Re: [AMBER] Calculating electrostatic potential in cpptraj

From: Jason Swails <>
Date: Sat, 16 Aug 2014 21:05:24 -0400

On Sat, Aug 16, 2014 at 4:20 PM, Covington, Cody Lance <> wrote:

> Thanks Jason
> >> Hello all
> >>
> >> Is there a way to calculate the electrostatic potential at a given
> >> atom position or point in space in cpptraj?
> >
> >
> >cpptraj cannot (yet) do PME electrostatics. There are a couple actions
> that do electrostatic
> >calculations, but they do direct space pair-pair interactions only using
> minimum image convention.
> >
> What are the methods to calculate through the direct space sum?

​The "pairwise" and "lie" actions compute electrostatic and van der Waals
interactions (as does the 'spam' action). I think only "pairwise" will
really give you what you want.

> >
> >>
> >> Or any other analysis program?
> >>
> >
> >None in Amber that I know about.
> >
> >
> >>
> >> I can calculate it using my own programs, but I want to use PME to get
> >> long range electrostatics that would go beyond where periodic
> >> boundary conditions end. This might seem silly, but I have a
> >> surfactant system that has a high ionic strength.
> >>
> >>
> >
> >
> >>
> >>
> >> I have also tried to use
> >>
> >> image xoffset 0 yoffset 0 zoffset 0
> >>
> >> image xoffset 0 yoffset 0 zoffset 1
> >>
> >> ... etc
> >>
> >> To make the system more like and 'infinite' one, but this is quite
> >> cumbersome.
> >>
> >
> >It will be _very_ hard to make the system large enough that you can
> compute an electrostatic potential
> >using just a direct sum-over-pairs (and it will get _very_ slow very
> quickly). Your best bet really is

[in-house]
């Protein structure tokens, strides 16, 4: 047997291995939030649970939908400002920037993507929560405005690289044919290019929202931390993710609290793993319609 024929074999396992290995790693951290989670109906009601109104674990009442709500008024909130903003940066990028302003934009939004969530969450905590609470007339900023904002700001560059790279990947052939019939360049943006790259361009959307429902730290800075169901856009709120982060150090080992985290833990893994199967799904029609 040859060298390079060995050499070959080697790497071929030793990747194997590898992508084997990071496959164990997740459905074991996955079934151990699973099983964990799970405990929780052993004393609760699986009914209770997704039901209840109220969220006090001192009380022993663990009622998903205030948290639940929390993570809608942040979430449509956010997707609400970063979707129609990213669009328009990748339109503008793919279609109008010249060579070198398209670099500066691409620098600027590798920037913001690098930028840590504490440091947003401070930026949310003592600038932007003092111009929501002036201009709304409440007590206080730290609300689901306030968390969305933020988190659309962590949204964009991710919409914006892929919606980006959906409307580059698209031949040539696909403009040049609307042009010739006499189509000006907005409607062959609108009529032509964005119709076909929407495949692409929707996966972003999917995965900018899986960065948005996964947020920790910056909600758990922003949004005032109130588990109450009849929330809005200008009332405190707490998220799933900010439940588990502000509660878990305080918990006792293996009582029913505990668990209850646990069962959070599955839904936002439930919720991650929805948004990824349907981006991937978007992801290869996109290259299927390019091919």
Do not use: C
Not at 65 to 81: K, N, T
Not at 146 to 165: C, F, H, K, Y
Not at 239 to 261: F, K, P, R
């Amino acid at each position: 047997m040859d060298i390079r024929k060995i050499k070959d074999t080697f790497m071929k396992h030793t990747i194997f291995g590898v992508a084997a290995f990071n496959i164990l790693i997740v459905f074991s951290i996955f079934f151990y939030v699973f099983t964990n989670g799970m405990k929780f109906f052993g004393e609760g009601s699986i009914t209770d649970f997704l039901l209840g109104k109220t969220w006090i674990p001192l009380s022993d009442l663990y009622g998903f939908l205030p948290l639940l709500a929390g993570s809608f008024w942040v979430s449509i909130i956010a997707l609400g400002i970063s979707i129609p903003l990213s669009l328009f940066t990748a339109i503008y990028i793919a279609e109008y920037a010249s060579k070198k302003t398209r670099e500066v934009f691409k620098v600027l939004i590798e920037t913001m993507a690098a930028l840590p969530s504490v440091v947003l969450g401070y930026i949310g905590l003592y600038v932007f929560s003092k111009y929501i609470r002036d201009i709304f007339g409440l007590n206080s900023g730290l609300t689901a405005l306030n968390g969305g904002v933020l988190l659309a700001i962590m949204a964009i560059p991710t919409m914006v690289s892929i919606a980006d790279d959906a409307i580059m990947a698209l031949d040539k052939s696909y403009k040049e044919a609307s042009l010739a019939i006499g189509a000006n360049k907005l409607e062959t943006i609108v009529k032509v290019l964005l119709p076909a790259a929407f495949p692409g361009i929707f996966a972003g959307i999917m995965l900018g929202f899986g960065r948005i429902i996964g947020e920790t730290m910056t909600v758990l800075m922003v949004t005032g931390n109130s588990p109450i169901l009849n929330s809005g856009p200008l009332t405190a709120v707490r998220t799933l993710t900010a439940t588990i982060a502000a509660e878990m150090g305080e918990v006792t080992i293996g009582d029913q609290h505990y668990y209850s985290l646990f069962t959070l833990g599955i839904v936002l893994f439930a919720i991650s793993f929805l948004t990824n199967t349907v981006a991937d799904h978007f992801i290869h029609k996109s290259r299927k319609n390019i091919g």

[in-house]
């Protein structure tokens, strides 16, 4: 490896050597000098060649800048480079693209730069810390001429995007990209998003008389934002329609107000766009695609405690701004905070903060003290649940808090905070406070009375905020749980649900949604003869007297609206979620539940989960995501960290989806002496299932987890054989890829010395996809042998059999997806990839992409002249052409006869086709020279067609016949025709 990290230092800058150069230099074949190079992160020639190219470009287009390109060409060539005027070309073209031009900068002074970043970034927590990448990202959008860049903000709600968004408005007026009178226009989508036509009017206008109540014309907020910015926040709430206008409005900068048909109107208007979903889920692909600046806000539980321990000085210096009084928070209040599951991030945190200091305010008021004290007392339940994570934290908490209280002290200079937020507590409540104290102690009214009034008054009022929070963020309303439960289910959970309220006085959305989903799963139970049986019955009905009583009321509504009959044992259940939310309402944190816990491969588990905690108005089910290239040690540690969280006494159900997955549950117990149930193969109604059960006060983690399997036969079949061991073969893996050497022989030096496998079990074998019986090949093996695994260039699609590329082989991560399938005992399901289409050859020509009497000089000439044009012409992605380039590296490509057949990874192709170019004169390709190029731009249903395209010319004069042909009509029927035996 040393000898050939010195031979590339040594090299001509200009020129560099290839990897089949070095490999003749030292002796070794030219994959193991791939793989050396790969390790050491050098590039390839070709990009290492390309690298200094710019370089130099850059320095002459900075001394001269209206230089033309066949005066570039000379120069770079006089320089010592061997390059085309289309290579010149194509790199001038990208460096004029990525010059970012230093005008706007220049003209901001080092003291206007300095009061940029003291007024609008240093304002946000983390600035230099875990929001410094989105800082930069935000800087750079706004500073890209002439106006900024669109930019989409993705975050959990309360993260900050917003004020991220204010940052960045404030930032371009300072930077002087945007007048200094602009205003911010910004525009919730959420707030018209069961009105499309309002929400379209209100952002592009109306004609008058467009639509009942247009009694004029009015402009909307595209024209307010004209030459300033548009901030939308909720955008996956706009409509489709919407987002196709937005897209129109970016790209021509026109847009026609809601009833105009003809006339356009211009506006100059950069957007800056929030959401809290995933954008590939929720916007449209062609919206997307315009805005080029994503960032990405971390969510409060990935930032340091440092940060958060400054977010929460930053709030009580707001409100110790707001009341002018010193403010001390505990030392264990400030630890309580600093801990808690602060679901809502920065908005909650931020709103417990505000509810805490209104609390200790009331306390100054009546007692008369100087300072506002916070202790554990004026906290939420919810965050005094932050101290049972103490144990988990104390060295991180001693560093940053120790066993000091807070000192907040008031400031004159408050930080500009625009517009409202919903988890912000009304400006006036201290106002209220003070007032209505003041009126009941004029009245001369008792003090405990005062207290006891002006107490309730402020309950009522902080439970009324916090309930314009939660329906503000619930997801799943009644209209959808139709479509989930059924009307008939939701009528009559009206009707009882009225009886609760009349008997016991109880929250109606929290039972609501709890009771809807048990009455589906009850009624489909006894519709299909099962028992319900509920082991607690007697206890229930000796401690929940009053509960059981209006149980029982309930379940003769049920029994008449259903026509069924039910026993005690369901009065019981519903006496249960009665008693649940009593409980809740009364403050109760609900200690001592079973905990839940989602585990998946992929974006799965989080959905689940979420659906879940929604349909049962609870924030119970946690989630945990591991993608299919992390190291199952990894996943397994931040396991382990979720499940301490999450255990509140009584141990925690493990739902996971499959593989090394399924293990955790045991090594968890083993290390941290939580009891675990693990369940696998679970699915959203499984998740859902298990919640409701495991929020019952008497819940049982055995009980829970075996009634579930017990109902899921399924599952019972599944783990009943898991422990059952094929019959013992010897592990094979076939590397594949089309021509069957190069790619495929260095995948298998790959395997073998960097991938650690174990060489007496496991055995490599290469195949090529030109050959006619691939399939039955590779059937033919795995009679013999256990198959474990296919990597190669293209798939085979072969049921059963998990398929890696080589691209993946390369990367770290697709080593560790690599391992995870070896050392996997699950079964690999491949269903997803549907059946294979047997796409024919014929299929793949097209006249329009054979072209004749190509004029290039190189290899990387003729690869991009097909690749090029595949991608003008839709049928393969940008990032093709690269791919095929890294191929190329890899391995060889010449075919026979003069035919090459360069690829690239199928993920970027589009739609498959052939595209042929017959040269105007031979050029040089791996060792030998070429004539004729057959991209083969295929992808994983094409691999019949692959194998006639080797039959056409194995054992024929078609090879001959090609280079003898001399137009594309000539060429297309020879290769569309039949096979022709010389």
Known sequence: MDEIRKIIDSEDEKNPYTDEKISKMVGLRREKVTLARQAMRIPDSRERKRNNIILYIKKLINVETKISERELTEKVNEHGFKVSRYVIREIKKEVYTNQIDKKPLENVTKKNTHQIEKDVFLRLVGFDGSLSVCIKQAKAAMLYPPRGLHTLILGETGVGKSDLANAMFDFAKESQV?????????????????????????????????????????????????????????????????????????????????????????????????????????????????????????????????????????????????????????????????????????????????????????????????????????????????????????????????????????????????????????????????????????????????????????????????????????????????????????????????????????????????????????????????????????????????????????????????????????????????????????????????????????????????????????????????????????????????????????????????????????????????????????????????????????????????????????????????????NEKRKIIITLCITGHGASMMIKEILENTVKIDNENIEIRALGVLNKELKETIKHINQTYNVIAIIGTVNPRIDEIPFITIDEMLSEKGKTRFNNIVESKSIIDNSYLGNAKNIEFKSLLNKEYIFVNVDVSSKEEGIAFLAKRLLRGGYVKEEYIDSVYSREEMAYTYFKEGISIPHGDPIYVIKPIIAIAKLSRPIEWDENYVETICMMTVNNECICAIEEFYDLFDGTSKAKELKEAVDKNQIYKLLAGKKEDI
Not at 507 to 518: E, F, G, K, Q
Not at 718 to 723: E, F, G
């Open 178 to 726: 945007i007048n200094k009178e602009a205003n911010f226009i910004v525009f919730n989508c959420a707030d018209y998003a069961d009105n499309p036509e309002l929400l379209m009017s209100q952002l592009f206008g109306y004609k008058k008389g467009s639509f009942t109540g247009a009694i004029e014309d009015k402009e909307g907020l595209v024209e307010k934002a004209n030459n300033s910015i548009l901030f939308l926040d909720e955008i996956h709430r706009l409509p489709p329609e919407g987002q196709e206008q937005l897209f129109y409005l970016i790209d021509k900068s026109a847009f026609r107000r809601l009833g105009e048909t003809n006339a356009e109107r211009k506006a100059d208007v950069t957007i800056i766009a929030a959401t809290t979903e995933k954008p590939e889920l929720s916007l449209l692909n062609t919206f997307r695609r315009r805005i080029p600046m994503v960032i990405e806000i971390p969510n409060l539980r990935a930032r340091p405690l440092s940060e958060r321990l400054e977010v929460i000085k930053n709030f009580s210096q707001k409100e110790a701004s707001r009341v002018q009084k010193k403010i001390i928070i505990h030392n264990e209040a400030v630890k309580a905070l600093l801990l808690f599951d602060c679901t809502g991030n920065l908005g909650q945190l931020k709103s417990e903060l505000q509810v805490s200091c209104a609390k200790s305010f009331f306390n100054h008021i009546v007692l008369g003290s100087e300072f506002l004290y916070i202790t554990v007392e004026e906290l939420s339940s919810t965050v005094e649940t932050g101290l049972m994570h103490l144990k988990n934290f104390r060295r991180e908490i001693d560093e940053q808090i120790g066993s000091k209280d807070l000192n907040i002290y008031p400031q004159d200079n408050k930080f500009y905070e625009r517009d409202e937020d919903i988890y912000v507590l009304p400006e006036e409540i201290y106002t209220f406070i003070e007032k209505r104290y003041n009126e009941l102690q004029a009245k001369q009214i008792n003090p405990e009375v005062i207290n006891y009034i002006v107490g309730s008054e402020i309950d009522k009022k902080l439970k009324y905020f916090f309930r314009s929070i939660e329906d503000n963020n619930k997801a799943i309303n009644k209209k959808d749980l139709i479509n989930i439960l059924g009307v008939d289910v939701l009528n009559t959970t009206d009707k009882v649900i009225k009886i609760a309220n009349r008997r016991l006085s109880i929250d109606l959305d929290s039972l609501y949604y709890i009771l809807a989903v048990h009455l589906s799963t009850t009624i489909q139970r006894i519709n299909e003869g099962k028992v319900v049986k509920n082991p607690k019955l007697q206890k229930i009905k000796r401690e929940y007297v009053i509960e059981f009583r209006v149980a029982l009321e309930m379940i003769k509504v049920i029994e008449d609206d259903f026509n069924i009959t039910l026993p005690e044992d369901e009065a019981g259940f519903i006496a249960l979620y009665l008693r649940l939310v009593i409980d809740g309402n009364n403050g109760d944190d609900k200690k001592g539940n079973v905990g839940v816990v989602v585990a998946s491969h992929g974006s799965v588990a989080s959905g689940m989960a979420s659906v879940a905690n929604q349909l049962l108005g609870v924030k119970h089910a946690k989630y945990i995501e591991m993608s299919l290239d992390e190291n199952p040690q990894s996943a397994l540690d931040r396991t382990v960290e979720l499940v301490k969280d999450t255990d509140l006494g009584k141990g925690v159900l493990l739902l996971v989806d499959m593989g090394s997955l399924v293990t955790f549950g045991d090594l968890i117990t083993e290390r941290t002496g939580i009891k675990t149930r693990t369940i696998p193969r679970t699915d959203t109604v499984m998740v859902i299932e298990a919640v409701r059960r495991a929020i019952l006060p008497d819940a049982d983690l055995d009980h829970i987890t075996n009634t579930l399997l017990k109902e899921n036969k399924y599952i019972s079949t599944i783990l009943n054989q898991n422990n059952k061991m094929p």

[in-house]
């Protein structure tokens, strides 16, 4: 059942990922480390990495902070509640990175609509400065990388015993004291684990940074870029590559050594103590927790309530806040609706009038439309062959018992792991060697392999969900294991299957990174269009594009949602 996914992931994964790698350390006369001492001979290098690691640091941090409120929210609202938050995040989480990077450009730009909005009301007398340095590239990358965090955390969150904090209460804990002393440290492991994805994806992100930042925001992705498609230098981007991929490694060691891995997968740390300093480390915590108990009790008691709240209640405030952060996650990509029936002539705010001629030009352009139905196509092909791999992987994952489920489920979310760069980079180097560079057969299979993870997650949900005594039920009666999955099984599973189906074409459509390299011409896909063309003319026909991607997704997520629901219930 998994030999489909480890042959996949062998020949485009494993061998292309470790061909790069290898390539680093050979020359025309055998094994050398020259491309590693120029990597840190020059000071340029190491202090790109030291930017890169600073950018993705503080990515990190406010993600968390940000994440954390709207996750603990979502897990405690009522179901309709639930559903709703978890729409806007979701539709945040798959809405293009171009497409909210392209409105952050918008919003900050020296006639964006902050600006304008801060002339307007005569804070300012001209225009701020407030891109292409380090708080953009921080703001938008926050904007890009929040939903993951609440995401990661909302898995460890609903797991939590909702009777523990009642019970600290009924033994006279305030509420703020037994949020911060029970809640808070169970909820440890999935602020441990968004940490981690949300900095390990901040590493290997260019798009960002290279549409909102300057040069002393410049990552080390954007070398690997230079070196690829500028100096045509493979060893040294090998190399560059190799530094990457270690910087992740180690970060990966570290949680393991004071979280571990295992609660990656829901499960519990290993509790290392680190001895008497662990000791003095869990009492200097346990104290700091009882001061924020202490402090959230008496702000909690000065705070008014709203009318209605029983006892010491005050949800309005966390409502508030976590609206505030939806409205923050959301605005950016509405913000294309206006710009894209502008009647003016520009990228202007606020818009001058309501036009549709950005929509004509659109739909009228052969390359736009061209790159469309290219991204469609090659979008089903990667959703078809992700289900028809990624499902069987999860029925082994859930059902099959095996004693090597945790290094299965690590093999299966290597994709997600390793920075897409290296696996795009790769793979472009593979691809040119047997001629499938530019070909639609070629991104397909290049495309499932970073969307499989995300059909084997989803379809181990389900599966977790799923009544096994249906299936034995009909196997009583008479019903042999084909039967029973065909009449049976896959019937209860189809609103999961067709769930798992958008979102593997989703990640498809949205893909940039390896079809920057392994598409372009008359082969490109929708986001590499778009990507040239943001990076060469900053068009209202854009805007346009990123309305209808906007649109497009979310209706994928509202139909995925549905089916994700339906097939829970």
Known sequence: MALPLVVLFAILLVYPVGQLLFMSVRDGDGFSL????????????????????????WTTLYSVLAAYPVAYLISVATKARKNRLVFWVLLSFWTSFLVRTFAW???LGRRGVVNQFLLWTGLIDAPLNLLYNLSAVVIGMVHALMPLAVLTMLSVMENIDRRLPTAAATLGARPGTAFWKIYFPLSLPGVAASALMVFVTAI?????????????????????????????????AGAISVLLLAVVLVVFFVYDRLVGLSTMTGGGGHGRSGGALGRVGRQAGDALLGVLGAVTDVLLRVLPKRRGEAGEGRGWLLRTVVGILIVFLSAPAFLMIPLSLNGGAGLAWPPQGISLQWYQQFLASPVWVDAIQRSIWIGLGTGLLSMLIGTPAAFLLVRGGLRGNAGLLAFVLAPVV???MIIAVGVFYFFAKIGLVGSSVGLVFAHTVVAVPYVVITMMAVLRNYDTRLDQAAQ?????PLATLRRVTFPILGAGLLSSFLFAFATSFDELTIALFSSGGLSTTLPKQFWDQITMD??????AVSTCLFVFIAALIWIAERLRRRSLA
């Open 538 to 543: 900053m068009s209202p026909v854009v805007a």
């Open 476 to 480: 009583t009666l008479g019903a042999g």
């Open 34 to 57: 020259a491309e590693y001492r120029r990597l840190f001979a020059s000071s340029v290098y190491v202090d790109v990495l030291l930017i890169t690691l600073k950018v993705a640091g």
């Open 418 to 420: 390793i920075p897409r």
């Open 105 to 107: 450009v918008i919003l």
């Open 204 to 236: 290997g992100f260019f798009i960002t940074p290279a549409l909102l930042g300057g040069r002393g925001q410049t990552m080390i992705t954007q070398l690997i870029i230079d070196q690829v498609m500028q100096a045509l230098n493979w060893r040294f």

> >to use an Ewald-based method. There are a couple options:
> I have done some tests and I think I can use the direct space sum if I can
> get about 20 nm between my structure and the boundary. The potentials are
> different but the fields are about the same.

Well the field strength drops off as 1/r^2, whereas the ESP varies as 1/r,
so that would make sense. But you had said you wanted the electrostatic
potential, not the electric field. And the field is easier, anyway -- just
compute the electrostatic force at a particular point and divide by the
charge (no need to take any kinds of differences to isolate the ESP at a
single point from an energy).

Thanks for the suggestions, I also wondered if I could somehow use amber's
> PME code somehow?

I suppose so -- calculating the ESP may actually be easier with Amber now
that I think about it so long as you can add the dummy particle (but
calculating the electric field I think would be harder). You'll need to
create an additional topology file with the extra dummy particle (assuming
you want the ESP and not just the electric field). ParmEd _can_ be used to
add the extra particle, but it would probably be easier to use tleap.

Then compute the energy using sander or pmemd using a single-point energy
calculation. Extract the electrostatic energy (EEL and the 1-4 EEL values
added together) from the output file and take the difference in the way I
described before.

The electric field would be harder to get, since you would need to get
_just_ the electrostatic force (which is not decomposed like the energy is
in the output file). You would need to use ParmEd to zero-out all of the
bond, angle, torsion, and Lennard-Jones terms, then compute and print the
force for each particle using the "ntwf" variable.


Jason M. Swails
Rutgers University
Postdoctoral Researcher
AMBER mailing list
Received on Sat Aug 16 2014 - 18:30:02 PDT
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